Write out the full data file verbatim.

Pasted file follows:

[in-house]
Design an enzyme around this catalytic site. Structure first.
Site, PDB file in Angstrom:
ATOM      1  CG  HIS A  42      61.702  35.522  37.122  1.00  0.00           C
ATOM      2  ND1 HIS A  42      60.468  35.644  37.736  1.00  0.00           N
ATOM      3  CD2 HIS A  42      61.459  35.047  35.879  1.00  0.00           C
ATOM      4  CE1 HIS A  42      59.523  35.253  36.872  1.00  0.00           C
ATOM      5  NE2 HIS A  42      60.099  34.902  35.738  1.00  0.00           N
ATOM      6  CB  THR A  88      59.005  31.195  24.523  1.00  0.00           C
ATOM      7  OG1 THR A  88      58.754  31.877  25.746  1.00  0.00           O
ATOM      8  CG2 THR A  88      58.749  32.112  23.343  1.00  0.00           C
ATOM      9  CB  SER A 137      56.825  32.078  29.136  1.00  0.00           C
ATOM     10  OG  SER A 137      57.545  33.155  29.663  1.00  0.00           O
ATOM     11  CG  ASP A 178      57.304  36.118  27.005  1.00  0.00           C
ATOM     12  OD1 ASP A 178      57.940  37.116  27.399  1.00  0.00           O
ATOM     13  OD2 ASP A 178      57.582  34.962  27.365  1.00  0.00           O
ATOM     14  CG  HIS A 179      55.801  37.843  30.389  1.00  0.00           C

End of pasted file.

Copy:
[in-house]
Design an enzyme around this catalytic site. Structure first.
Site, PDB file in Angstrom:
ATOM      1  CG  HIS A  42      61.702  35.522  37.122  1.00  0.00           C
ATOM      2  ND1 HIS A  42      60.468  35.644  37.736  1.00  0.00           N
ATOM      3  CD2 HIS A  42      61.459  35.047  35.879  1.00  0.00           C
ATOM      4  CE1 HIS A  42      59.523  35.253  36.872  1.00  0.00           C
ATOM      5  NE2 HIS A  42      60.099  34.902  35.738  1.00  0.00           N
ATOM      6  CB  THR A  88      59.005  31.195  24.523  1.00  0.00           C
ATOM      7  OG1 THR A  88      58.754  31.877  25.746  1.00  0.00           O
ATOM      8  CG2 THR A  88      58.749  32.112  23.343  1.00  0.00           C
ATOM      9  CB  SER A 137      56.825  32.078  29.136  1.00  0.00           C
ATOM     10  OG  SER A 137      57.545  33.155  29.663  1.00  0.00           O
ATOM     11  CG  ASP A 178      57.304  36.118  27.005  1.00  0.00           C
ATOM     12  OD1 ASP A 178      57.940  37.116  27.399  1.00  0.00           O
ATOM     13  OD2 ASP A 178      57.582  34.962  27.365  1.00  0.00           O
ATOM     14  CG  HIS A 179      55.801  37.843  30.389  1.00  0.00           C